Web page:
Table 1. Risks of Chronic Pain
  • Brain atrophy
  • Altered brain neurochemistry
  • Altered brain sensory processing
  • Hypertension
  • Tachycardia
  • Immune suppression
  • Elevated adrenal corticoids
  • Adrenal exhaustion
  • Depression
  • Physical immobility
  • Deranged activities of daily living
  • Insomnia
  • Anorexia and malnutrition
  • • Suicide

Not only have scans and magnetic imagery documented the loss of gray matter, a number of other studies complement these findings in that the brains of chronic pain patients demonstrate altered neurochemistry and central nervous system processing of input signals such as odors, taste, heat, emotions, and touch.11-16 Studies show that chronic pain patients do not process external stimuli in a normal fashion.11 Patients with chronic back pain have altered dopamine and opioid availability in the forebrain.17,18 Fibromyalgia patients appear to have a reduction in the receptor availability of dopamine and opioid mu-receptors in parts of the forebrain.19,20 In summary, it appears that brain neurochemicals important for pain modulation are not responding as they do in healthy individuals.11-20

Implications of These Findings

The findings in chronic pain patients of brain tissue loss and altered central nervous system physiology and neurochemistry is a profound discovery that should be known to all physicians. Implications of this discovery are clear. Recently, in an educational document published by the American Academy of Pain Management, Dr. Catherine Bushnell of McGill University in Montreal, who is a principal investigator in many of the studies referenced here stated, “The data suggest that patients should receive treatment as early and as aggressively as possible. The old adage “no pain, no gain” appears to be diametrically opposed to current findings about the impact of pain.” She, and possibly some previous fence-sitters, now want to call chronic pain a disease unto itself.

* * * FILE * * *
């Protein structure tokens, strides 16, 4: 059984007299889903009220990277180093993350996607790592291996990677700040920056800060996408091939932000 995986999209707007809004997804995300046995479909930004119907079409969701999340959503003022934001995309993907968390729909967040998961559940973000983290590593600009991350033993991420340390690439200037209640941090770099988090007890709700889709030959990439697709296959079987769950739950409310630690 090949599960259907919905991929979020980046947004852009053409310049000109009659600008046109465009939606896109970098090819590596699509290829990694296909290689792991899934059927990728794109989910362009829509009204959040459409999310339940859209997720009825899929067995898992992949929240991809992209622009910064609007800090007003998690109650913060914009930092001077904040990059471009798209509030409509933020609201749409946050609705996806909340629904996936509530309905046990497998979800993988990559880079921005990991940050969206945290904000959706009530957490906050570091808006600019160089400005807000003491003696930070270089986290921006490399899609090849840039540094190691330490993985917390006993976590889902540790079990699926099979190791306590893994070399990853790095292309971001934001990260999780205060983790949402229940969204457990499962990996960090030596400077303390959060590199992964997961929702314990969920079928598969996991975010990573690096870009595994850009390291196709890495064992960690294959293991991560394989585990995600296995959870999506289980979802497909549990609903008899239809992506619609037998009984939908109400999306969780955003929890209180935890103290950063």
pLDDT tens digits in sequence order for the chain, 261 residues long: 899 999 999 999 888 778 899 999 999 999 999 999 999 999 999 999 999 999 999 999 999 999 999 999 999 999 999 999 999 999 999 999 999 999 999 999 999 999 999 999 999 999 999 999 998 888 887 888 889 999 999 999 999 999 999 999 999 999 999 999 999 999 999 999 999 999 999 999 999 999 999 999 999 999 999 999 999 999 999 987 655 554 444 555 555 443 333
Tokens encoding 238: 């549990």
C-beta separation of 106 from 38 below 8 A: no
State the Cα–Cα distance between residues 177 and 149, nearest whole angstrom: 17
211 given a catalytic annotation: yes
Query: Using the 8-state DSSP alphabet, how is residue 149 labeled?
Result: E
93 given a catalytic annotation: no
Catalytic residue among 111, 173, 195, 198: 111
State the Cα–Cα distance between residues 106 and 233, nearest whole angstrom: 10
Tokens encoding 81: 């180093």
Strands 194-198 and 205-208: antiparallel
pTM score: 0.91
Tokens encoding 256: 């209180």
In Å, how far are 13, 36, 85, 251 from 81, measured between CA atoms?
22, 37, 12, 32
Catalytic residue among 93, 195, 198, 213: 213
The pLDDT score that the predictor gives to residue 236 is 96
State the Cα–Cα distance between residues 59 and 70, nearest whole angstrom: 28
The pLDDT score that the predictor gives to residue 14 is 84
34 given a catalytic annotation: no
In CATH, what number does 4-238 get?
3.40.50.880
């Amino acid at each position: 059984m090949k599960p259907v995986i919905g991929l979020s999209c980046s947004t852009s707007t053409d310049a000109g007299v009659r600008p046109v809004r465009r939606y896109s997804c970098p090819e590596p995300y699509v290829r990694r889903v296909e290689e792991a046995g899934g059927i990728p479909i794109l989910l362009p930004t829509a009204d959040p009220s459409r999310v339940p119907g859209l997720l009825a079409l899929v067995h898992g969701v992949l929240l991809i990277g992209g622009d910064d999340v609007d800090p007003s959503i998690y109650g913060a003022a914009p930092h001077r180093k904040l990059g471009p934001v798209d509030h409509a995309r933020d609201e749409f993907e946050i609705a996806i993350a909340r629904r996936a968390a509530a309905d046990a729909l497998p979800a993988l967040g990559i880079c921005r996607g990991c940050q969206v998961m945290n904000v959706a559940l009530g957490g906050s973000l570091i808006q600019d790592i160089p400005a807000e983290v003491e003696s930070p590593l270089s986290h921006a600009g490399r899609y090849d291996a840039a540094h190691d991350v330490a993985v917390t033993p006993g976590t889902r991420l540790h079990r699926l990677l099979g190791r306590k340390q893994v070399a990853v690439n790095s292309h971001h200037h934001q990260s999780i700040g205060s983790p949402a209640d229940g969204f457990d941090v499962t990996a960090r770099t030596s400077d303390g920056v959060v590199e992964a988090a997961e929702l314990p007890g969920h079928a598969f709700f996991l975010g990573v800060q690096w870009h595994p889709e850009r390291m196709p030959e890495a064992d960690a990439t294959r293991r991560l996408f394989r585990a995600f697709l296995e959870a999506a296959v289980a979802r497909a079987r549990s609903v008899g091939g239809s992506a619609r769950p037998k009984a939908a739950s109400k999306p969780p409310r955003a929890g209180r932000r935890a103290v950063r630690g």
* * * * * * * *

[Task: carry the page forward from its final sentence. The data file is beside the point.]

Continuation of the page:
It is now clear that the risk-benefit ratio of aggressive treatment versus moderate treatment—which leaves the patient with some degree of constant pain—needs to be reevaluated. Brain atrophy, along with altered brain physiology and neurochemistry, now joins the risk profile of undertreated chronic pain. To date, this risk profile has consisted of hypertension, tachycardia, altered adrenal hormone levels, suppression of the immune system, depression, and interference with physical function and activities of daily life (see Table 1). It is now abundantly clear that chronic pain, particularly the severe intractable form, is a disease unto itself whose risks, per se, appear to far outweigh those of essentially all applicable medical treatments—including high dose opioid therapy.9,10

Table 2. Four Clinical Cases Who Mentally Deteriorated

1. A 25-year-old female was referred with severe chronic pain due to fibromyalgia. She claimed undertreatment for at least three years which interfered with her promising career. Morning serum cortisol levels were over 30ug/dl and she had a resting heart rate over 110 beats per minute. Despite aggressive opioid and other treatment, within 10 years she became so mentally incapacitated that she could not work, was home-bound, and had to be cared for by family.

First published on: March 1, 2009